Title:

Kind
Code:

A1

Abstract:

The invention relates to an O(n log n) recursive, comparison based sorting algorithm that uses multiple pivots to effectively partition a list of records into smaller partitions until the list is sorted. The algorithm is intended for use in software. This sorting method is accomplished by choosing pivot candidates from strategic locations in the list of records, moving those candidates to a section of the list of records (ie back or front of the large list) and sorting this small list. Then, the invention selects pivots from the pivot candidates and partitions the list of records around the pivots. Multiple Pivot Sort may be viewed as the next generation of Quick Sort, and average sorting times on unique random integer lists have beaten times by established algorithms like Quick Sort, Merge Sort, Heap Sort, and even Radix Sort.

Inventors:

Edmondson, James Raymon (Murfreesboro, TN, US)

Application Number:

11/163427

Publication Date:

04/19/2007

Filing Date:

10/18/2005

Export Citation:

Primary Class:

Other Classes:

707/999.007

International Classes:

View Patent Images:

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Attorney, Agent or Firm:

James, Raymon Edmondson (1937 Middle Tennessee Blvd., Murfreesboro, TN, 37130, US)

Claims:

What is claimed is:

1. A method for sorting a list of records comprising the steps of: selecting pivot candidates from the list of records; moving the list of pivot candidates to the front or rear of the list of records; sorting the small list of pivot candidates with another algorithm like Insertion Sort; selecting pivots from the sorted list of pivot candidates; partitioning the list of records around the pivots; repeating steps for each unsorted partition.

2. A method for improving the software algorithm in claim 1 that optimizes the algorithm to deal with worst case pivot candidate sampling during runtime. During the partition phase, the algorithm checks for a skewed pivot list (ie chosen pivots ending up bunched to the front or end of the population list), and either corrects the situation by building a min heap or reverse max heap out of the population list, or simply changes the number of pivots, thus dynamically changing the sampling area throughout the list. Both prevent the patterned worse cases, like spikes at the sampling areas.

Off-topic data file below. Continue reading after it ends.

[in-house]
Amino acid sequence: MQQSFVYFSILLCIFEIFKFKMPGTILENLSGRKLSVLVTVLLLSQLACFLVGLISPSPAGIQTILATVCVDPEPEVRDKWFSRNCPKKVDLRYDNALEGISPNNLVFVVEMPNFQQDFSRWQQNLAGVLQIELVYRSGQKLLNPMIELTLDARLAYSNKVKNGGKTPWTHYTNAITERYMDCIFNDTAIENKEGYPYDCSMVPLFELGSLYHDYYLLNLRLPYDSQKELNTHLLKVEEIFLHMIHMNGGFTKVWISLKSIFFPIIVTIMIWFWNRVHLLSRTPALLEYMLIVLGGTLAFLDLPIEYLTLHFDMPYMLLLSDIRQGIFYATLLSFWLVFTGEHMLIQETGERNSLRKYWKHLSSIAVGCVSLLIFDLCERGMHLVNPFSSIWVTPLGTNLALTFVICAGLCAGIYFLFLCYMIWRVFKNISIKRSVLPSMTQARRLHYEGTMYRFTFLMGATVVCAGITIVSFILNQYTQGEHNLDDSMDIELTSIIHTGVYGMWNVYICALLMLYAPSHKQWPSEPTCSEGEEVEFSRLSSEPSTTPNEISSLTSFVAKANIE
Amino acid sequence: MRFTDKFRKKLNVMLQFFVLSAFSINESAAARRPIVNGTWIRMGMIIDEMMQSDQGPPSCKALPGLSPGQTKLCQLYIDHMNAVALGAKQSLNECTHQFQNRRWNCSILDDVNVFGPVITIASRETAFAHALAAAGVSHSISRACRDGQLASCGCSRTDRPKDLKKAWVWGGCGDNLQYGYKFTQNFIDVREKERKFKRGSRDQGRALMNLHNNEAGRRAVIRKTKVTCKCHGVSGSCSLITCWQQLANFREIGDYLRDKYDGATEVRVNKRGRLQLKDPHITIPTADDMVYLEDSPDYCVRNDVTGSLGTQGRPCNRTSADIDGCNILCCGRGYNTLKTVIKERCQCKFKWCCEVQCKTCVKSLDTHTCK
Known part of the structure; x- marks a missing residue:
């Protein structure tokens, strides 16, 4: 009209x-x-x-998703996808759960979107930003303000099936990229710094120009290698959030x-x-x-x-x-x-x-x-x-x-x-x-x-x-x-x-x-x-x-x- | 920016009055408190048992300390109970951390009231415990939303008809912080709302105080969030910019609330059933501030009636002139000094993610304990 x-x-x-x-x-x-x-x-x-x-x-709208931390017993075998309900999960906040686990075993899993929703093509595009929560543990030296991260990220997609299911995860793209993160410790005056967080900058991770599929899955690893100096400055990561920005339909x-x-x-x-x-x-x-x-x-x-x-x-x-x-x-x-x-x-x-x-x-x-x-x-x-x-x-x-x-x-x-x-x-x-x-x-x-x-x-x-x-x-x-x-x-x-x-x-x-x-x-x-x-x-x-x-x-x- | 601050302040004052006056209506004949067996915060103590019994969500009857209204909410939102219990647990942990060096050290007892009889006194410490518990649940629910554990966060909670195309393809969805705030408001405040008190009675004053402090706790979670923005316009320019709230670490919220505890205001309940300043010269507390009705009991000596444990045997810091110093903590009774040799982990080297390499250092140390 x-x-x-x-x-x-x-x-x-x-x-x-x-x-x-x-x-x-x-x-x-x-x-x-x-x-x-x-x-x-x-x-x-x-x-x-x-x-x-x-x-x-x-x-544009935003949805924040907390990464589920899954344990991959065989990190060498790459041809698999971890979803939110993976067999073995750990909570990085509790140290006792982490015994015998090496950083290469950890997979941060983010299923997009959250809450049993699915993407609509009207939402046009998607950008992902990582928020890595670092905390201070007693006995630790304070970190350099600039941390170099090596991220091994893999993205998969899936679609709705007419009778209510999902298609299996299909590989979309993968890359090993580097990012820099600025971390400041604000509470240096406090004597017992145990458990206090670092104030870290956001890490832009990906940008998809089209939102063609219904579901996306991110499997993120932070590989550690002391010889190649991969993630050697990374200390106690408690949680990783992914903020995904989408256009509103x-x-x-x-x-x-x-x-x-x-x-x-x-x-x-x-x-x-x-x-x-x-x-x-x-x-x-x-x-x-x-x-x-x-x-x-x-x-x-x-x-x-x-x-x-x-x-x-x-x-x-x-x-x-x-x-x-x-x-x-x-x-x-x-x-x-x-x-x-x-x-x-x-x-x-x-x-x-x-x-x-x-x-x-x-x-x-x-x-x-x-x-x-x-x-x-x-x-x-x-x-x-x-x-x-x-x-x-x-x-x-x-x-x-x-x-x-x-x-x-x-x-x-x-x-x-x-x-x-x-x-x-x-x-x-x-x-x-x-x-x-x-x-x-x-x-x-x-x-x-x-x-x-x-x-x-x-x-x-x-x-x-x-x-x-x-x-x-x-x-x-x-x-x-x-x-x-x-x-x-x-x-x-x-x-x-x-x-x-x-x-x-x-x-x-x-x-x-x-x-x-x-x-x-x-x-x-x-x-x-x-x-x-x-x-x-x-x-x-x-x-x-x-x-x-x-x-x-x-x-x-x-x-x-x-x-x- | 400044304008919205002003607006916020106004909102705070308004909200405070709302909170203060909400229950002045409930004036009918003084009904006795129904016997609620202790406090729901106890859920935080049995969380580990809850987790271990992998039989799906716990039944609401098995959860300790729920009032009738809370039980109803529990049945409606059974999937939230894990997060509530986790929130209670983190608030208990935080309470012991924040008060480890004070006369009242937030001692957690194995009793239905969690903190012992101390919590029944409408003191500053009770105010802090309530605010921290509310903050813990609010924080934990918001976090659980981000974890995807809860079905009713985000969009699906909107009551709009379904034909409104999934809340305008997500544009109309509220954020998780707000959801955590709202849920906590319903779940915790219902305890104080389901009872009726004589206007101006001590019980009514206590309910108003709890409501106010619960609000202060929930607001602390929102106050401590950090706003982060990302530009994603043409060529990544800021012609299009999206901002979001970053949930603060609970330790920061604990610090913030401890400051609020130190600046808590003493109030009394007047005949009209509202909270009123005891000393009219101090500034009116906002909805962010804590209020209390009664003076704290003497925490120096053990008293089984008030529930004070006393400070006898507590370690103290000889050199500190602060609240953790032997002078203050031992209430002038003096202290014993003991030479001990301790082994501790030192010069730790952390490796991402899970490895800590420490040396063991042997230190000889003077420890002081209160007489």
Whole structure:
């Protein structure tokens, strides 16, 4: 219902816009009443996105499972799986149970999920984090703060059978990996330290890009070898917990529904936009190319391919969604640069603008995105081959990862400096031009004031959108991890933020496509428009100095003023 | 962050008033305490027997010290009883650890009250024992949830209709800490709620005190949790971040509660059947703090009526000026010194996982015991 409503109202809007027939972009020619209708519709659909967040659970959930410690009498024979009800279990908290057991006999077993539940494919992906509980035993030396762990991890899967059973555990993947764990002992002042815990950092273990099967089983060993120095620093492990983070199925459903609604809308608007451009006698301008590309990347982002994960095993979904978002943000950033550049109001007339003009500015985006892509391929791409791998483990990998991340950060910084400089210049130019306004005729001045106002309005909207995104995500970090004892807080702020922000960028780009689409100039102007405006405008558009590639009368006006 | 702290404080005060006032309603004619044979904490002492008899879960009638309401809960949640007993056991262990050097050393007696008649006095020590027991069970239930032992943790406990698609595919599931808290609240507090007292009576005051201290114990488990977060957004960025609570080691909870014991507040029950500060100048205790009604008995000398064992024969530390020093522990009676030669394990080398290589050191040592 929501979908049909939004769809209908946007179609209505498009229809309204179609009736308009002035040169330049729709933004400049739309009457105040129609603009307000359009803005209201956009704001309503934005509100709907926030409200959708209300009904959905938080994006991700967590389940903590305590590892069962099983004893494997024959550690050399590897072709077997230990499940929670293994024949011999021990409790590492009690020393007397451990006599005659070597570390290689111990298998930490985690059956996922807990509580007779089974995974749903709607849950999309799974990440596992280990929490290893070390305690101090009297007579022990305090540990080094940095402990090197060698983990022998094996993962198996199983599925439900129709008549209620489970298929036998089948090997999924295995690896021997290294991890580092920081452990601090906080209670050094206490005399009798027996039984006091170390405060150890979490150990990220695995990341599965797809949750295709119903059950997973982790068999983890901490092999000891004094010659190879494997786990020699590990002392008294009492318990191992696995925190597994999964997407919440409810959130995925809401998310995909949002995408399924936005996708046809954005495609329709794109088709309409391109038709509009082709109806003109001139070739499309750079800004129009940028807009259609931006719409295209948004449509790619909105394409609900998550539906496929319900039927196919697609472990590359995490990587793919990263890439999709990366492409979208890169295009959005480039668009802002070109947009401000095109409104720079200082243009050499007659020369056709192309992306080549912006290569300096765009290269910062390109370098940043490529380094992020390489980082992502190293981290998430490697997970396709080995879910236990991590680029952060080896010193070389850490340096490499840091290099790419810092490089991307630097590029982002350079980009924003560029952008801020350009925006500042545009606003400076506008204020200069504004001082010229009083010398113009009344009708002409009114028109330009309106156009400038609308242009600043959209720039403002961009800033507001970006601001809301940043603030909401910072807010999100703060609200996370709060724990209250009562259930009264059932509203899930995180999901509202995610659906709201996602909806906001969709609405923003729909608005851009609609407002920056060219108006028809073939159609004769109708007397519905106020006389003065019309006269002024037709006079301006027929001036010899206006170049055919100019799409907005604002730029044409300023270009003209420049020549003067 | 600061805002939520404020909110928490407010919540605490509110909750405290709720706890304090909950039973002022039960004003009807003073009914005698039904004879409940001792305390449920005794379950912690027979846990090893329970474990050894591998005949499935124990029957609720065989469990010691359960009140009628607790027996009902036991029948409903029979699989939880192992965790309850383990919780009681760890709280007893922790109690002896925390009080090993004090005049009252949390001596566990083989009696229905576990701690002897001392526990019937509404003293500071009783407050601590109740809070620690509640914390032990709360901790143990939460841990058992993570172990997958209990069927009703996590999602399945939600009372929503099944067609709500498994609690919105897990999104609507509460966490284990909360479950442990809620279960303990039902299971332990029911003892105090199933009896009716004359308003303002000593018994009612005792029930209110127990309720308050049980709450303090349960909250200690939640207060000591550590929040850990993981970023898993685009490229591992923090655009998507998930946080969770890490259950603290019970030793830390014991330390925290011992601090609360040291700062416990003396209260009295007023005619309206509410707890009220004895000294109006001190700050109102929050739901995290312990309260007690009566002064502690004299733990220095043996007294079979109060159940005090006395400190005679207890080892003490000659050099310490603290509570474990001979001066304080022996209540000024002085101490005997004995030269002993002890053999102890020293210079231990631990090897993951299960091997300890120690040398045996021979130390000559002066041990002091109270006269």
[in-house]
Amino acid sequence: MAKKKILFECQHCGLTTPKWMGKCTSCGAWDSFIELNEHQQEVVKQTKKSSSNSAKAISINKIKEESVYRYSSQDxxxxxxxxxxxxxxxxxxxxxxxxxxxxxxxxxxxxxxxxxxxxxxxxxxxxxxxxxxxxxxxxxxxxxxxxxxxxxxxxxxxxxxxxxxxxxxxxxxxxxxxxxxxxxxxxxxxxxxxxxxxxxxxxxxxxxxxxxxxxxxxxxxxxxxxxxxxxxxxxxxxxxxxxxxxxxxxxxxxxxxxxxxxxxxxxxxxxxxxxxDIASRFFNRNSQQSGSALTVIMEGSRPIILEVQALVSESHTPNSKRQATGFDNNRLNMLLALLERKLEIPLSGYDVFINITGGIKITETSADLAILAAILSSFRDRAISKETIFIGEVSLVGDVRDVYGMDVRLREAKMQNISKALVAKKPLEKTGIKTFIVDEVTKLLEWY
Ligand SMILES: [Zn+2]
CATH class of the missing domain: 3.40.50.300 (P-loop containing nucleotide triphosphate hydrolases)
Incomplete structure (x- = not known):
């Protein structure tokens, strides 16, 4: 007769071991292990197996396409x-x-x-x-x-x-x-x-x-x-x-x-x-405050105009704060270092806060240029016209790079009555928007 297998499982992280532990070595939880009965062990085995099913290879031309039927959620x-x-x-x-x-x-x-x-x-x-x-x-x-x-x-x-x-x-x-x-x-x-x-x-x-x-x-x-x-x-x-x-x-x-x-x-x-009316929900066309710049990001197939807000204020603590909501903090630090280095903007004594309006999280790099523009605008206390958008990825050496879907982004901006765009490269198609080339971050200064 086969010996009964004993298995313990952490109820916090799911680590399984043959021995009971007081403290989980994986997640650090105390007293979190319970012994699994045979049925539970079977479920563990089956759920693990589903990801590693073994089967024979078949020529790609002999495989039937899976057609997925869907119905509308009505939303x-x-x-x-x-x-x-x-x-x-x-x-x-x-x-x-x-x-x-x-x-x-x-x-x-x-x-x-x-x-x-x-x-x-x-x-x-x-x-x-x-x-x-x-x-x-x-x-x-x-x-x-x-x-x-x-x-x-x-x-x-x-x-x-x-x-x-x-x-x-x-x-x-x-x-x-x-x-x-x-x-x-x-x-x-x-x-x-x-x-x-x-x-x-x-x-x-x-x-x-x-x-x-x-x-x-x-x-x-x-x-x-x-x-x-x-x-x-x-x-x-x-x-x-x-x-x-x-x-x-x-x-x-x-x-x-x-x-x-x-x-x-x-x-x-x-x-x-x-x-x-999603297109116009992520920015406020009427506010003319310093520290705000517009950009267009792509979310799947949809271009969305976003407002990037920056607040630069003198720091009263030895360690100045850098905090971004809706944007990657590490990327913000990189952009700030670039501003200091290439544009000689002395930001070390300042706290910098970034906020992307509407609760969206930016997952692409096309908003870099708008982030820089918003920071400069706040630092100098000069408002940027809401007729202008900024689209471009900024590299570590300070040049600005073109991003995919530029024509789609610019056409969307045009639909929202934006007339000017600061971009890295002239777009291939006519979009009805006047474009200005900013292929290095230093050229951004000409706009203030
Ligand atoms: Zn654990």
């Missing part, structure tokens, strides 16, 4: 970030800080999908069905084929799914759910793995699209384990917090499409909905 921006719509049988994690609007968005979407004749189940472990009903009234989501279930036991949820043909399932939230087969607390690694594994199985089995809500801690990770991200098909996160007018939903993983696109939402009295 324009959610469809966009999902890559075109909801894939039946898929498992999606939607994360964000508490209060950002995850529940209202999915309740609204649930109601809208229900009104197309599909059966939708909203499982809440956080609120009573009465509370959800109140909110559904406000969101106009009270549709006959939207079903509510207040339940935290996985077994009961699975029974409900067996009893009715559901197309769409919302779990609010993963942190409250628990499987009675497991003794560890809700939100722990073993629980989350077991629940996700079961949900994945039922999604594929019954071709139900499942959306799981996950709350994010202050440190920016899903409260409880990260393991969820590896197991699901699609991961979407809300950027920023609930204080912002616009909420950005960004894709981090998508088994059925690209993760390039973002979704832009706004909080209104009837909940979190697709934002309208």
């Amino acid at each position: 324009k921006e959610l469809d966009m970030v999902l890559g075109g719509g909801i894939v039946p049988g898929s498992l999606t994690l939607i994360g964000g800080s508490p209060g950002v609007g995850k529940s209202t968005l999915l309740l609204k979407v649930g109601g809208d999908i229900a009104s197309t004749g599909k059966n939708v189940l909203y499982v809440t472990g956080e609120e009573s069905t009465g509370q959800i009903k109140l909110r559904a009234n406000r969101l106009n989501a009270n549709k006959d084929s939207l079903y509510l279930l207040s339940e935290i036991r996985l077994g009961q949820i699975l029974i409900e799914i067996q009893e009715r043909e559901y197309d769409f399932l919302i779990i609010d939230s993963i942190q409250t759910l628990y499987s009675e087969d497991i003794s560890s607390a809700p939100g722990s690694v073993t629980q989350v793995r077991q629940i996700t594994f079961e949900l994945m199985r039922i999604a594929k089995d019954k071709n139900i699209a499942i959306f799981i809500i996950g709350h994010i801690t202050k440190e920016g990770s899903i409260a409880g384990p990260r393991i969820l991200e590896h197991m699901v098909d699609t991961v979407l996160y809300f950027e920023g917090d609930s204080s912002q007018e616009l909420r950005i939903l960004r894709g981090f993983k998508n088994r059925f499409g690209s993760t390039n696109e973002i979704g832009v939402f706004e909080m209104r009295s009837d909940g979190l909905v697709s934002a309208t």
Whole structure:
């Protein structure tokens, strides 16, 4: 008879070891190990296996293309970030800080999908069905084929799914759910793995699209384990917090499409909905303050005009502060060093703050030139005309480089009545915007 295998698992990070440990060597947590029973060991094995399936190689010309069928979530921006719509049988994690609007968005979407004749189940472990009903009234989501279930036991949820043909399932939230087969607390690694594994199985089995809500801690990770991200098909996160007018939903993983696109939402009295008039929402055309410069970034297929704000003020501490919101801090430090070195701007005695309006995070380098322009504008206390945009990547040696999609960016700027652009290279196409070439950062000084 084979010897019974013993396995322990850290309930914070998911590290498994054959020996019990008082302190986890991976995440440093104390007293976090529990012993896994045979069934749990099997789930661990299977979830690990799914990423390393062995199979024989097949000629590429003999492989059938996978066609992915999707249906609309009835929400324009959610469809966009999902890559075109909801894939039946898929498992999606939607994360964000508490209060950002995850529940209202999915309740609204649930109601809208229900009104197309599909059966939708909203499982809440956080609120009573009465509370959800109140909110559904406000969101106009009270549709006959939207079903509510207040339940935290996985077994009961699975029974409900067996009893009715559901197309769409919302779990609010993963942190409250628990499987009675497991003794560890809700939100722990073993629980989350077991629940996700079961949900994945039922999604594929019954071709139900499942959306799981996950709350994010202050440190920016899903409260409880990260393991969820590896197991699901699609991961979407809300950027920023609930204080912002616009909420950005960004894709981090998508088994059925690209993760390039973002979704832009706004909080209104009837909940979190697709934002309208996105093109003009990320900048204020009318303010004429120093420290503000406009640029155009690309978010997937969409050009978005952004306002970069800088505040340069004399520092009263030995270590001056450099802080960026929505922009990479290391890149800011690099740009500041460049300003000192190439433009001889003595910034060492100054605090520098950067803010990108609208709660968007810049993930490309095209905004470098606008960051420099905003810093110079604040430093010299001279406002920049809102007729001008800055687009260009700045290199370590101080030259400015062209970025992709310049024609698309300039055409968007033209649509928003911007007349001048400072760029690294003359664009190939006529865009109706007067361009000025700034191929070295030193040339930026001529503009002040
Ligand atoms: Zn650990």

3. A method for improving the software algorithm in claim 1 involving comparing the current pivot about to be partitioned with the last pivot, and if these two pivots are equal, pivoting equal records remaining in the unpartitioned list between the previous pivot and the current pivot. This improvement handles duplicate records during runtime and adds very little overhead.

1. A method for sorting a list of records comprising the steps of: selecting pivot candidates from the list of records; moving the list of pivot candidates to the front or rear of the list of records; sorting the small list of pivot candidates with another algorithm like Insertion Sort; selecting pivots from the sorted list of pivot candidates; partitioning the list of records around the pivots; repeating steps for each unsorted partition.

2. A method for improving the software algorithm in claim 1 that optimizes the algorithm to deal with worst case pivot candidate sampling during runtime. During the partition phase, the algorithm checks for a skewed pivot list (ie chosen pivots ending up bunched to the front or end of the population list), and either corrects the situation by building a min heap or reverse max heap out of the population list, or simply changes the number of pivots, thus dynamically changing the sampling area throughout the list. Both prevent the patterned worse cases, like spikes at the sampling areas.